TOBRUK, Libya - As tank and artillery fire booms over the Libyan desert once more and soldiers fight over desolate towns, the graves of the dead from World War II battles are a reminder of past struggles against oppression.
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A total of 3,651 soldiers, mostly from Britain, Australia, New Zealand and South Africa lie in the Knightsbridge War Cemetery near Acroma, 25 k.m. west of Tobruk.
There are several other such cemeteries in the area, including one for the German dead.
Tobruk itself was the site of a celebrated siege by German and Italian troops which began on April 11, 1941 -- 70 years ago on Monday.
Towns and cities like Brega, Ajdabiyah and Benghazi were also fought
over by the Axis army led by General Erwin Rommel -- the Desert Fox --
and British and Commonwealth forces.
The names have become familiar again as a Libyan rebel army clashes up
and down the coastal highway against Muammar Gaddafi's troops in an
insurrection against his autocratic rule.
The Knightsbridge Cemetery is built on the site of a battle in May 1942.
Bounded by a low wall on a patch of beige desert, the graves lie in
neat rows on either side of a central pathway lined by palm trees. A
large cross overlooks the site.
"All these soldiers died around Tobruk," said caretaker Mohammed Hanish,
who has looked after the cemetery for 28 years in the employ of the
Commonwealth War Graves Commission. "It's a beautiful place, but it's
His father had helped to collect and bury the bodies, he said. Thousands
of Libyans were also killed in the conflict although none are buried
"There were many Libyans with the British. Libyans were helping to get rid of the fascists ruling our country," he said.
The strategic importance of the vast tracts of desert lay in Britain's
need to protect the Suez Canal and Arabian oil fields from any attack
from Italian-ruled Libya.
Early in the campaign, Rommel, a master of speed and surprise, raced
across the desert with his Afrika Korps and Panzer tanks, driving the
British from Benghazi into Egypt.
The Siege of Tobruk lasted 240 days. Radio Berlin derided its Australian
defenders as the "rats of Tobruk" as they sought shelter in tunnels and
dug-outs -- a nickname they proudly appropriated.
The siege was eventually lifted in November 1941 by General Claude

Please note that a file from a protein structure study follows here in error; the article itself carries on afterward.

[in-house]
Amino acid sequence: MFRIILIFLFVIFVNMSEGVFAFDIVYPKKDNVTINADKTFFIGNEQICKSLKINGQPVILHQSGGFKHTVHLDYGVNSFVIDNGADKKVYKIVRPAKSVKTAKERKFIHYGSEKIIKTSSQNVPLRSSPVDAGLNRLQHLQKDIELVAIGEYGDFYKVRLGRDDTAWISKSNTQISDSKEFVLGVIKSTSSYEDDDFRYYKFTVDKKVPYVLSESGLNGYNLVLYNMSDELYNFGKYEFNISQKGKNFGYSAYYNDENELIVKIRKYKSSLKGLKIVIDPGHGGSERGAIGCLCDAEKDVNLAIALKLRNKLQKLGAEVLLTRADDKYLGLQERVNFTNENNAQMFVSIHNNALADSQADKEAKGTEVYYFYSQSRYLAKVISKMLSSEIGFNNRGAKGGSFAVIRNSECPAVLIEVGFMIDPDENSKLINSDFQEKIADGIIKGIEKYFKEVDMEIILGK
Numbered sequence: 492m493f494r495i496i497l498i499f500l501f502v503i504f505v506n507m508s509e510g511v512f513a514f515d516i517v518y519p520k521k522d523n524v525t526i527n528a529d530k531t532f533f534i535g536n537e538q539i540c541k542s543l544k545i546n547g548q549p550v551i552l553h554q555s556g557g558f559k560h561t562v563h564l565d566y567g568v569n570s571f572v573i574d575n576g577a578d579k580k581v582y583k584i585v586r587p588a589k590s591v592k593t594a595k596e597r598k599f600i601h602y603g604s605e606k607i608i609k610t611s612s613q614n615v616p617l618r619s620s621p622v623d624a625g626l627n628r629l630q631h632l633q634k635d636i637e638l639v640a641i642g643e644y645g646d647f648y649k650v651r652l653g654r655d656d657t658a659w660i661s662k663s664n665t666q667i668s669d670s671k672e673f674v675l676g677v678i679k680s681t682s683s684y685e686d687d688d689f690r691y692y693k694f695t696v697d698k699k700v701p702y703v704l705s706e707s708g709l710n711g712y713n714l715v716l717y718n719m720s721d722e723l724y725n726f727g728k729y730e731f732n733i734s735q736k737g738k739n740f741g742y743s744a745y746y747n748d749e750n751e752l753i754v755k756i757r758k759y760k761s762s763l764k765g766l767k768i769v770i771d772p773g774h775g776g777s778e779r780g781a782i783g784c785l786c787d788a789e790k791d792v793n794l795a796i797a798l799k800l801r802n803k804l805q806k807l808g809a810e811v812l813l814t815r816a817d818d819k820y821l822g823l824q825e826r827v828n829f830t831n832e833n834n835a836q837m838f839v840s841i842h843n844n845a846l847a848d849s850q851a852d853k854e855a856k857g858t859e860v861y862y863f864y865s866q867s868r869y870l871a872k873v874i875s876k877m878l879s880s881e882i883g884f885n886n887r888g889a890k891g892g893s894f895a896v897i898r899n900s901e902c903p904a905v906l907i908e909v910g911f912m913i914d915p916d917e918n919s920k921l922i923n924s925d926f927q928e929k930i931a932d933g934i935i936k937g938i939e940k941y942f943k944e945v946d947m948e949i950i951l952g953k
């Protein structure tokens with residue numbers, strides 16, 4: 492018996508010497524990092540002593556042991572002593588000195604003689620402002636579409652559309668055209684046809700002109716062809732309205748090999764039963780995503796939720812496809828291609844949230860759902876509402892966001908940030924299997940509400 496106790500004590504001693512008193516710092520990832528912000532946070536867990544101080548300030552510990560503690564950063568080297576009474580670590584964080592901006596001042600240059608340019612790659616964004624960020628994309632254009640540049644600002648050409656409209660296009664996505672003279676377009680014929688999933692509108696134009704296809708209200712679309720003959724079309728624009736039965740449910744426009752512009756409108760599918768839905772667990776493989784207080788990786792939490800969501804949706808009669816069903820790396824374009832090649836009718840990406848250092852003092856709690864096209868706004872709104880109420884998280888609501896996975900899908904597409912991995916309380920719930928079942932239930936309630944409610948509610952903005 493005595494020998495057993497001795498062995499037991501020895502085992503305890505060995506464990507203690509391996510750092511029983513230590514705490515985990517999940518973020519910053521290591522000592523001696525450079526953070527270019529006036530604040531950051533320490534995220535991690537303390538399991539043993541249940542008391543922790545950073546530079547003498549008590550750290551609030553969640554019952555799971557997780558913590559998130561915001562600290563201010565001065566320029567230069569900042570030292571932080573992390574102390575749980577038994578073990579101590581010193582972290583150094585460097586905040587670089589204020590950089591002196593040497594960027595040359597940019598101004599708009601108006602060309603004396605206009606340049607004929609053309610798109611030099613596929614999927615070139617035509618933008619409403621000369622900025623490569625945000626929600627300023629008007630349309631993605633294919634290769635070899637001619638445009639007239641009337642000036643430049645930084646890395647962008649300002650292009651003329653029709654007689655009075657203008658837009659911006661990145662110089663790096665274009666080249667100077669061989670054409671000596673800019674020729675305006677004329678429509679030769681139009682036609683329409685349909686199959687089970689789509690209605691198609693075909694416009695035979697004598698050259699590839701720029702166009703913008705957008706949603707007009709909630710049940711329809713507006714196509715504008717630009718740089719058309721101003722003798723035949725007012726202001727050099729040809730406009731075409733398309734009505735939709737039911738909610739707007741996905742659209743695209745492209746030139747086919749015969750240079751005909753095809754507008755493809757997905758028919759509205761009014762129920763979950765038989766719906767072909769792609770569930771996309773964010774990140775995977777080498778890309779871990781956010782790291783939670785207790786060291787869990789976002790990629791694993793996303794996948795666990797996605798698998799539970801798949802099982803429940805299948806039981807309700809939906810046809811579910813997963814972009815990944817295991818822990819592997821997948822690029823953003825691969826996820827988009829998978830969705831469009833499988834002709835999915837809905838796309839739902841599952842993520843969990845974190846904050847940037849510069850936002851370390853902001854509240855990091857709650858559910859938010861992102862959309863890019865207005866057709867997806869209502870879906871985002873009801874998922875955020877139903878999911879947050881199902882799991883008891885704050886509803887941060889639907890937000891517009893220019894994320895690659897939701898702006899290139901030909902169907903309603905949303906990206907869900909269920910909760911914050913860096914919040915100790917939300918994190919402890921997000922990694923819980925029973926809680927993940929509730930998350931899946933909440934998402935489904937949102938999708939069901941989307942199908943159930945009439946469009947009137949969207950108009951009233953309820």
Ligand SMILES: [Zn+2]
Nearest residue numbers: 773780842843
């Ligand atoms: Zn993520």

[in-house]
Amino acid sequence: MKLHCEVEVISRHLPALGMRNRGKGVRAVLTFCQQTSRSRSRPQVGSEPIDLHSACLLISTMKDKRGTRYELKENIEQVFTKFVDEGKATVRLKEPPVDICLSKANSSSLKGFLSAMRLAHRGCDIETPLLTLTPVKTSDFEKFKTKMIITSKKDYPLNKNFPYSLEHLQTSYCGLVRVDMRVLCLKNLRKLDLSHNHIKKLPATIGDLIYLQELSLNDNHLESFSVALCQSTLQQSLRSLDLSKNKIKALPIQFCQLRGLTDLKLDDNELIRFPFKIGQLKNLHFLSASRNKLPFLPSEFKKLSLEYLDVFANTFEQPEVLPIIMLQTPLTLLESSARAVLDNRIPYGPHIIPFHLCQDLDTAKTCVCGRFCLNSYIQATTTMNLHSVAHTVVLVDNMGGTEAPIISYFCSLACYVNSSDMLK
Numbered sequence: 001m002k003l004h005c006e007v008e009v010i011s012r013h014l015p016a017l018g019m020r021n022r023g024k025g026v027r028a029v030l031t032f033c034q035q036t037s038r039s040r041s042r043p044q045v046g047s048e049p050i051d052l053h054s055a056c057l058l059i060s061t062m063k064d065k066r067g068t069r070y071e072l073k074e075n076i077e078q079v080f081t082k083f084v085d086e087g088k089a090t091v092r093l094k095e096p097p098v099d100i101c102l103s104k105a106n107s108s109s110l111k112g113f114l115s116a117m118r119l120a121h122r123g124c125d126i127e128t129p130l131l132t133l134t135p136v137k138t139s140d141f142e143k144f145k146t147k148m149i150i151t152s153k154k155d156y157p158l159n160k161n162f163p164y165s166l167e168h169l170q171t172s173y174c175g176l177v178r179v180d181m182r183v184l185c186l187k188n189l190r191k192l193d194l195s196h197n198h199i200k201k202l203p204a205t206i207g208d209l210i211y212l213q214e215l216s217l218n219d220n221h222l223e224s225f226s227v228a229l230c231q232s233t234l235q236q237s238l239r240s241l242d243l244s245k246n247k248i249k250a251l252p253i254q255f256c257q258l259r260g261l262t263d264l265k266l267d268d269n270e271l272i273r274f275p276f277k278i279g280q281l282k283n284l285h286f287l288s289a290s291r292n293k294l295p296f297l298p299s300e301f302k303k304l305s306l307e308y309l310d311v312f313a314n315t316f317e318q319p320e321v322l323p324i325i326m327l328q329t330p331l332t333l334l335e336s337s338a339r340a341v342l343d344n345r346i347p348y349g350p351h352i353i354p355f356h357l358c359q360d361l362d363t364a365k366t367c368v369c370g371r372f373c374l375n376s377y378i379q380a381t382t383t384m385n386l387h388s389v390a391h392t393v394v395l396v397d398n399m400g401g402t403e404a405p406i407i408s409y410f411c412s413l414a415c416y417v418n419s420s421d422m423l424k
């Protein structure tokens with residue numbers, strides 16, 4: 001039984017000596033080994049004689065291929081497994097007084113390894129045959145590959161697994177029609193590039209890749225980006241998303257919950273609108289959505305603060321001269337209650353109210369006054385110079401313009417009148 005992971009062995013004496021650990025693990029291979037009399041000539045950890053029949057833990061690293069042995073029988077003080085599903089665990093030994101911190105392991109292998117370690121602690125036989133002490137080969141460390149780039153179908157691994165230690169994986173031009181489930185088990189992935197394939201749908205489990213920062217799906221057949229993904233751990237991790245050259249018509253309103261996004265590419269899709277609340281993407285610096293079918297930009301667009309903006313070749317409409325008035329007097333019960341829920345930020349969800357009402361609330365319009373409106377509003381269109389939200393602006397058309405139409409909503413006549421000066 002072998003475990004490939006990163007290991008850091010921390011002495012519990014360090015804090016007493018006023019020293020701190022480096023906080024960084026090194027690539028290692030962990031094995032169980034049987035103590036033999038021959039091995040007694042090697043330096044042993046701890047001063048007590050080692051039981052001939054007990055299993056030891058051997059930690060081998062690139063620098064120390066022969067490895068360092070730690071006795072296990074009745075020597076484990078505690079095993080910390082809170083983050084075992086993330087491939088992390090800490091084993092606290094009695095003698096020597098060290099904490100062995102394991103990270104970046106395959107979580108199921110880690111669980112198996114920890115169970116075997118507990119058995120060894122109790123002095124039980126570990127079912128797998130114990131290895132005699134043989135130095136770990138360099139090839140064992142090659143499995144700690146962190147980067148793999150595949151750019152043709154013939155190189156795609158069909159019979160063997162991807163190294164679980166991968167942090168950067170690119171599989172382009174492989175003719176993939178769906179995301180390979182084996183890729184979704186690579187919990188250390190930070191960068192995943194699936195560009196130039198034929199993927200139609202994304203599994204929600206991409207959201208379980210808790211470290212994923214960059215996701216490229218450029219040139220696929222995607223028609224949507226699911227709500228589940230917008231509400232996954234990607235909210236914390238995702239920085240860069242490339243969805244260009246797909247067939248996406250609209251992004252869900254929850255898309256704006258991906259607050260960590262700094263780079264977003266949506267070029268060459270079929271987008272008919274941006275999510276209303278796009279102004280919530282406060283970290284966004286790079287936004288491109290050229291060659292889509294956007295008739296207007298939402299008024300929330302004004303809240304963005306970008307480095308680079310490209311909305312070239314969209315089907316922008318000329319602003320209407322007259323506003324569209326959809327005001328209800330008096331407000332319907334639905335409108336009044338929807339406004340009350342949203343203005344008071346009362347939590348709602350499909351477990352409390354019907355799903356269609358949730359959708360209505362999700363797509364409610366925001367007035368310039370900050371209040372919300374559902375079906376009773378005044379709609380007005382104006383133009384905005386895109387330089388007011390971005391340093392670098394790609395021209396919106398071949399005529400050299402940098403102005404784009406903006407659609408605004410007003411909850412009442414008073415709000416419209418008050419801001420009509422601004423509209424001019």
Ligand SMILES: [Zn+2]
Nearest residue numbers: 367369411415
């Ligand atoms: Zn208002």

Auchinleck and great tank battles raged back and forth to the west in
the following several months.
Acroma was a key staging post, or "box", for supplies where a number of
desert tracks met. As with today's conflict, the problem of maintaining
supplies of fuel and ammunition over hundreds of miles was a critical
issue.Rommel Outfoxed by Monty
Rommel finally captured Tobruk in June 1942 and pushed on into Egypt.
But the Desert Fox met his match when British General Bernard Montgomery
took command of the Eighth Army. He was defeated at the Battle of El
Alamein in Egypt that November.
Hitler ordered the Afrika Korps to fight to the death but in the end, the Germans retreated back across the desert.
Rommel's headquarters in Tobruk, a blockhouse overlooking the harbor,
can still be seen today, but the site is in a state of neglect and
He himself did not appear to be too impressed by Libya.
"Rivers of blood were poured out over the miserable strips of land which
in normal times, not even the poorest Arab would have bothered his head
about," he wrote (quoted in "Masters of Battle" by Terry Brighton).
Of the soldiers lying in Knightsbridge Cemetery, nearly 1,000 are
unidentified, the gravestones marked only with "Known Unto God."
The other markers give name, age, regiment and date of death. Some have
sentimental inscriptions from parents or wives. Others try to make sense
of the loss.
"He died serving the cause of the liberation of mankind," reads the
inscription on the grave of Lt. Edward Jardine of the Royal Army Service
Corps, who was killed on March 20, 1942 at the age of 24.
Many families and military men have visited the site over the years
although that has stopped since February, when the uprising against
Gaddafi began, caretaker Hanish said.
He said the cemetery was respected by all in the area and pointed to the
fact that crosses in the cemetery had never been desecrated as a sign
that hard-line Islamists were not at large in the area.
Asked what he thought about war and its human cost, he said, "It depends. If war is for freedom, it is good. If not, it's bad."